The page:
A song of accent
When the Lord returned Zion’s captives[i],
it was like a dream[ii].
At that moment our mouths were filled with laughter
and our tongues with shouts of joy.
Then the nations said “The Lord has done great things for these people”
The Lord has done great things for us, we were happy.
Lord return our fortunes
as streams flowing in the desert[iii].
The ones sowing seed with tears
Will gather the harvest with shouts of joy.
They went away in tears, carrying bags of seed.
They will return, with shouts of joy, carrying their sheaves.
[i] This psalm has traditionally been understood as a celebration of the people of Israel who were returning from captivity. Some translators have suggested amending the text from שיבת (captive/sojourner) to שבות (captivity, captive, adversity, fortune) with an understanding of God returning the fortunes to the people (NIV 2011, ESV, TNK, NRSV); however, there is little textual support for such an emendation. Both the Aramaic targums and the LXX suggest that the understanding of “captives/captivity” is original. Some have suggested this should be understood as “a turning” as it is used in Aramaic. In this translation I have followed the traditional understanding (KJV, NIV 1984, JPS, NKJV, NASB)
[ii] Lit. “we were as ones dreaming”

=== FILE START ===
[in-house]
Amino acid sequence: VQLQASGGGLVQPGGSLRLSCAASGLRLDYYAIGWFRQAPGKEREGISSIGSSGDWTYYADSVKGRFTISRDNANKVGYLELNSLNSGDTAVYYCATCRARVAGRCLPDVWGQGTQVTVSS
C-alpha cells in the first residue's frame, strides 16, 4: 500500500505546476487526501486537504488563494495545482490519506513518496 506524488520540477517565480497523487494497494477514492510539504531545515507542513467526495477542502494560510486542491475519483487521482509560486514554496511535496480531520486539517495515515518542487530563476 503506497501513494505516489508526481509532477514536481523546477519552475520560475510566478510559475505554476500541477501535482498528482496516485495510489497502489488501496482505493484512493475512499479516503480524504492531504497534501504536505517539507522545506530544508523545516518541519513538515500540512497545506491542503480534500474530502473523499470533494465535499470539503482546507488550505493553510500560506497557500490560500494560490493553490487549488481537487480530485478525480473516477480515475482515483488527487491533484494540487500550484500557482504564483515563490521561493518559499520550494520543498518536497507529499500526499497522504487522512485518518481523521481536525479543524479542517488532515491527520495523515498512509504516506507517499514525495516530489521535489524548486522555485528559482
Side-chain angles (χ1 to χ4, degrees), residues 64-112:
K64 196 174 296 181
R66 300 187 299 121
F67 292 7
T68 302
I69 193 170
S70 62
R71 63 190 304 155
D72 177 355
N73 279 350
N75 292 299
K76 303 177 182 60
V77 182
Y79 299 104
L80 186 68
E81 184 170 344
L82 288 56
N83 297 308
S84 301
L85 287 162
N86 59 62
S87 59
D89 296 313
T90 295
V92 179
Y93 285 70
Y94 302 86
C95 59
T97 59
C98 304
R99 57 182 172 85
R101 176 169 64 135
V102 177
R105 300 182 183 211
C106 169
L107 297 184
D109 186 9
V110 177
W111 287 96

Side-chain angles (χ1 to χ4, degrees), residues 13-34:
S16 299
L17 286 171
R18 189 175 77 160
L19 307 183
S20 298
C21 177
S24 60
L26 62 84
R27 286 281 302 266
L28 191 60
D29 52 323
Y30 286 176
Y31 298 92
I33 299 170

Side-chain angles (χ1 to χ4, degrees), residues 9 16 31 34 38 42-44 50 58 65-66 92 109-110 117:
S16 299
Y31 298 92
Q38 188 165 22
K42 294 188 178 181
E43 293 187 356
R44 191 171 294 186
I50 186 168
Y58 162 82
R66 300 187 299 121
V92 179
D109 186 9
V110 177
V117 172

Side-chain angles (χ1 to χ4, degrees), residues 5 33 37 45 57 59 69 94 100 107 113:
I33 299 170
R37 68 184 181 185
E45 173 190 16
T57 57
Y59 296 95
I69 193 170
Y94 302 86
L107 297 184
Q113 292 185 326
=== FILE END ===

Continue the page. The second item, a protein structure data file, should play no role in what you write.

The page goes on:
[iii] The challenges to understanding this verse are similar to verse 1 except that written form here is שבות (captivity/captives/adversity/fortune); however, there is a marginal note in the MT that amends this to שבית (captives/captivity). The Aramaic Targums and the LXX support a reading of captives/captivity aligning with the marginal notes of the MT. Some versions translate this very literally i.e. “restore our captivity” (NASB) but the meaning of this phrase (even in English) is unclear and does not seem to fit the context. The key to understanding this verse is likely in its comparison to “the streams in the Negev” but unfortunately the significance of this imagery is itself unclear. What is well understood is that the Negev is a very dry and arid place that receives very little rain. Most water comes from rain that comes to the higher mountain regions and flows in torrents into the lower desert regions of the Negev; the force of these torrents is frequently so powerful that it reshapes the landscape (even today it is not uncommon for these torrents to wash away modern roads in the Negev). In ancient times, survival in the Negev required one to store these waters in cisterns during these infrequent torrential flows, so that there would be water when the streams were dry. If the author of this psalm is alluding to the restoration of Israel’s wealth, the imagery could invoke the life sustaining blessing of these streams of water, a blessing that was needed for their very survival. The author could also be alluding to either the returning of Israel’s captives or its wealth with the imagery being seen as the captives (or wealth) of Israel to returning like the flood waters return to the Negev each year.